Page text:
Investment advisor representatives are found in the many well-known national, and global investment advisory firms located across Maryland. Major global investment firms with offices in Maryland include Charles Schwab in Annapolis, Columbia, Bethesda, Towson, and Gaithersburg; Morgan Stanley Smith Barney in Frederick, Annapolis, Waldorf, Chestertown, and Easton; and Fidelity in Towson, Annapolis, and Bethesda.
Regional investment advisor firms in Maryland include Parrish & Company in Chevy Chase, Chesapeake Financial Advisors in Towson, Main Street Advisors in Westminster, The Family Firm, Inc. in Bethesda, Broinco & Broinco LLP in Abingdon, Chapin Davis Investments in Baltimore, and Financial Network Investment Corporation in Owings Mills.
IARs also have the ability to license independent IA firms of their own through the Maryland Securities Division.
How to Obtain a Stockbroker License in Maryland
The Securities Division also licenses all broker-dealer firms operating within Maryland, as well as the stockbrokers who sell investment products as registered representatives of these firms. Depending on the specific investment products they are selling, registered representatives are required to take either the Financial Industry Regulatory Authority’s (FINRA’s) Series 6 Investment Company Products/Variable Contracts Limited Representative Exam, or the series 7 General Securities Representative exam, which allows them to offer a more comprehensive suite of products that includes stocks. Stockbrokers in Maryland are exempt from NASAA’s Series 63 Uniform Securities Agent State Law Examination if they only work with residents of Maryland. All stockbrokers also become registered in FINRA’s CRD national database after passing the required exams and being approved for licensure.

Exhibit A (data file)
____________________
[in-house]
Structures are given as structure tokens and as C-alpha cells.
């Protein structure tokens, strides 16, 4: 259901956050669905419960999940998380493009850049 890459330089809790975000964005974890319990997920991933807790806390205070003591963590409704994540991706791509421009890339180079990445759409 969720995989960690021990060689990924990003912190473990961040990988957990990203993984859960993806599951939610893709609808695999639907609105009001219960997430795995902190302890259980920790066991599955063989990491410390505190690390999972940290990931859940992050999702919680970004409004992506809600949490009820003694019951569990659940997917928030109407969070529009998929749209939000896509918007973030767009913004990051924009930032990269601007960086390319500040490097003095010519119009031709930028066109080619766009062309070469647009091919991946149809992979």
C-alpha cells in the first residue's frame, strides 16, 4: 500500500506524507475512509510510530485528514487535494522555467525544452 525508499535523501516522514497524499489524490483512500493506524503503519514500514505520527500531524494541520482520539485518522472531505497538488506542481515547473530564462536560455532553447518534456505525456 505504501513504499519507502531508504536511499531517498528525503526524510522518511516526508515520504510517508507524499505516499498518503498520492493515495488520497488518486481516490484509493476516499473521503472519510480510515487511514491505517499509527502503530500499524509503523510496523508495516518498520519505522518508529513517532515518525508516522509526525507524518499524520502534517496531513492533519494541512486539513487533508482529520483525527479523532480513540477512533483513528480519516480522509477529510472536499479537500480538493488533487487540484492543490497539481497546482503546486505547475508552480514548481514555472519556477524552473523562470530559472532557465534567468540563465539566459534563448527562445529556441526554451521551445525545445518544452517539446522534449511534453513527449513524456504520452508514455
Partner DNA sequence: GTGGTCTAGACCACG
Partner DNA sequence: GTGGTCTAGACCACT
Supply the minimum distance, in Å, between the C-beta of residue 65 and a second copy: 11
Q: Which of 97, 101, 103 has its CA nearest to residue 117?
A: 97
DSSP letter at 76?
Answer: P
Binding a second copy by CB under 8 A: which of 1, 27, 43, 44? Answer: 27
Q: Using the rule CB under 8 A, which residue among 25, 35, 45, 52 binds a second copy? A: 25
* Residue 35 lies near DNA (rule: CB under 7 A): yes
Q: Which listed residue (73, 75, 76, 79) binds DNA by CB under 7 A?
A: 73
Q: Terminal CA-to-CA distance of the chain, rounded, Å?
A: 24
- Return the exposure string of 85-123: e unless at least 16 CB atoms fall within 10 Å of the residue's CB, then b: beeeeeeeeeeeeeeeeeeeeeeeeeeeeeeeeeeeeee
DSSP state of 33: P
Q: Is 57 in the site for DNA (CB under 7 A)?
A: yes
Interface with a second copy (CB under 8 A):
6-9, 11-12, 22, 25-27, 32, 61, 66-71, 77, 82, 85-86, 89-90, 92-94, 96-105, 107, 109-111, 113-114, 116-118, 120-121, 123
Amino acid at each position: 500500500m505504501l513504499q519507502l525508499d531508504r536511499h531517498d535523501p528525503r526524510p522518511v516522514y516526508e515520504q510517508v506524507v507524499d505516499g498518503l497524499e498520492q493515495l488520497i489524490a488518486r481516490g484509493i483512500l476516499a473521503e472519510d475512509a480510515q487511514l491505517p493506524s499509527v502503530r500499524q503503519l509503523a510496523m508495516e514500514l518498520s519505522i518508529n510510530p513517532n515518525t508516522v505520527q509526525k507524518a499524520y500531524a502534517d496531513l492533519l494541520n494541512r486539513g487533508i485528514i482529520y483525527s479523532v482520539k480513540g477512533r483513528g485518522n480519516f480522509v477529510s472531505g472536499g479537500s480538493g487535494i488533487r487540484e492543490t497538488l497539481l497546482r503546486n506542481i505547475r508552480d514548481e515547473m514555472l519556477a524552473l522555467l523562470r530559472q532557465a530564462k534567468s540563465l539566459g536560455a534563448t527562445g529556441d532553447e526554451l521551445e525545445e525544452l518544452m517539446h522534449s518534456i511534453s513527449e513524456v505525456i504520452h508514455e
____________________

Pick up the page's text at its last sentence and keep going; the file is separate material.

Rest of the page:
Registered representatives must fulfill some continuing education requirements in order to maintain their license. The regulatory element consists of a computer-based training program completed within 120 days of the registered rep’s second license renewal, and then every three years after that, as these training modules are updated to reflect regulatory changes and shifts in market trends. In addition to the required regulatory training, registered representatives engage in annual continuing education to sharpen sales skills and product knowledge in specific areas as determined by the brokerage firms that employ them.
How to Obtain a License to Sell Life Insurance and Fixed Annuities in Maryland
The Maryland Insurance Administration distributes life insurance producer licenses, which include the ability to sell fixed annuities to state residents. This license requires that applicants take a 60 hour pre-licensing course specific to life insurance and annuities through a Maryland-approved provider, and then pass the MD General Life Insurance Producer exam administered by PSI Exams Online.
Completing 24 hours of approved continuing education courses every two years satisfies the license renewal requirements maintained by the Maryland Insurance Administration.
Insurance producers often work as independent contractors for the major insurance providers and opt to expand their offerings to include variable annuities and other investment products so as to be able to provide more comprehensive financial planning services. This requires them to take either the Series 6 Investment Company Products/Variable Contracts Limited Representative Exam or the Series 7 General Securities Representative Exam, resulting in additional licensure through Maryland’s Securities Division.